Whatever you believe in, I hope it makes you a better person to everyone in your life… including your cat and dog.

 

Aynsley Dunbar’s historic kit

 

 

Not patriotic, matriotic. Love your whole mother earth, not just one country on her surface.

 

Kate Russo playing a D chord. She could be, but probably is not, playing Down On Me.

 

Chad Quist with Sophia Ramos and another beautiful woman in red.

 

If a picture is worth a thousand words, then 1 1/100th of this canvas should be worth ten words, so what would they be?

 

Janis Joplin doing her famed snow angel ritual.

 

Elise Piliwale with The Theatre of Light.

 

Kathi McDonald looking pretty darned cute.

 

Chuck Jones and James Gurley, 1966.

 

Walk, Don’t Run was written by Johnny Smith, the jazz guitarist.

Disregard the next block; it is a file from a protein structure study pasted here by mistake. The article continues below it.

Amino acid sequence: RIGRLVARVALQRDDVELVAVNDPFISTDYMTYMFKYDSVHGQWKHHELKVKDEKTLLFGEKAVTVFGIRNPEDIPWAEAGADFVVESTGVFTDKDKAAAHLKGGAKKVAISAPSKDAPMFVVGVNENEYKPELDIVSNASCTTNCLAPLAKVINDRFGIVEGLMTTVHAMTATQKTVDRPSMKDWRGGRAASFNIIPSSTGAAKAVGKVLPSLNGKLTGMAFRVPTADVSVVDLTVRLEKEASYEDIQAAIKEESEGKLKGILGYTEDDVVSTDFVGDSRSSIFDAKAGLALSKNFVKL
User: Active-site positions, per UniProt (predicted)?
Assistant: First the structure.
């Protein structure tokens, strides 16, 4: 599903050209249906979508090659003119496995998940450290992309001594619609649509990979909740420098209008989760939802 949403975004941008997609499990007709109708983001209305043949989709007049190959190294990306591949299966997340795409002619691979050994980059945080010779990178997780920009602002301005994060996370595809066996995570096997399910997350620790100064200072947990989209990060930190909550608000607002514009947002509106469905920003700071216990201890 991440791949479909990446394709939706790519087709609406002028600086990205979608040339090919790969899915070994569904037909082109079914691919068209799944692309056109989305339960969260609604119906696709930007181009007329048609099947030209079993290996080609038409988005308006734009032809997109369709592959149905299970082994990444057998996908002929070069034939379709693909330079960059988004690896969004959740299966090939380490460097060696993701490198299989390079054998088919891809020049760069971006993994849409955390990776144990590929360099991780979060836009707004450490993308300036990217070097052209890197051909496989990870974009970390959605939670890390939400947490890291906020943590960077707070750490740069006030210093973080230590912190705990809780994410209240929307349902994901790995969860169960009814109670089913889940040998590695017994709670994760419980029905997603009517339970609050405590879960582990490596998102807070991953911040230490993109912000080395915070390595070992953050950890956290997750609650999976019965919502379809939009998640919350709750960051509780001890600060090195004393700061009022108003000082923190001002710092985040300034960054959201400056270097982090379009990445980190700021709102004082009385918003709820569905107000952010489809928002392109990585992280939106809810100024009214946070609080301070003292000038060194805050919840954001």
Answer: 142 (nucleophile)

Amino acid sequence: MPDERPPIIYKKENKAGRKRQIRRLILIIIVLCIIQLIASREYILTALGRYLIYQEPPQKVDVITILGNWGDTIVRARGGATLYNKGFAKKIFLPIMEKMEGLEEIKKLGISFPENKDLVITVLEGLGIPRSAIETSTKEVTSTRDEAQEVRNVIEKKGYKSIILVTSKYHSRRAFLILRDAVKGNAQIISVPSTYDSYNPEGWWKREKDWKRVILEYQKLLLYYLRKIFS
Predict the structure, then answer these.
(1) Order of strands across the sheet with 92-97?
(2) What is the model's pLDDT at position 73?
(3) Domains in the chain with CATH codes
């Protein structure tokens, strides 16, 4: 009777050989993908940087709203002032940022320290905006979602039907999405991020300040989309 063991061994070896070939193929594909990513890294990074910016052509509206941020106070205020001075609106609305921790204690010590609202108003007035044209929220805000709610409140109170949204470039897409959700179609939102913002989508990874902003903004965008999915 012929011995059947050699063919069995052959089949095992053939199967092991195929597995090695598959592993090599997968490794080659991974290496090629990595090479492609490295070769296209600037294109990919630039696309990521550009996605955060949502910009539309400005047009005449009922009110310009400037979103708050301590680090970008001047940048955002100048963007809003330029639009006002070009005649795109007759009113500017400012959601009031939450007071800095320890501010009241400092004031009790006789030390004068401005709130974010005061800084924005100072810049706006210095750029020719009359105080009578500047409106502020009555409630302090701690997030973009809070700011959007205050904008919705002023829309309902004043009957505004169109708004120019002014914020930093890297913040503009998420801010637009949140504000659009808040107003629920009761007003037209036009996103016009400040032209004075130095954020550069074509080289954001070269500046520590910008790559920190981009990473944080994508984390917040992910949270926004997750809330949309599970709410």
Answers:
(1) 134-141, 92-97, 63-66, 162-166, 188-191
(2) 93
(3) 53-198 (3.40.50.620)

Albert Einstein couldn’t speak fluently when he was nine. His parents thought he was mentally retarded. Probably what was happening was that he had so many thoughts crowding in all the time, that he couldn’t choose one path for speech. This must happen to all of us at one time or another. David Peel and Lenny Kaye.

 

Elise Piliwale who was born in the same hospital as Barack Obama.

 

Greg Errico, Camen and Don Wehr.

 

In Germany in the XVIth century, the first pharmacopoeia was published and it listed hundreds of drugs and medicinal chemicals with explicit directions for preparing them. Drugs that had previously varied widely  in concentrations, and even in constituents, were now stringently defined by the text, which spawned versions in Switzerland, Italy and England. This was the beginning of the modern era in pharmacology.

 

High in Greece.

Sam Andrew

Big Brother and the Holding Company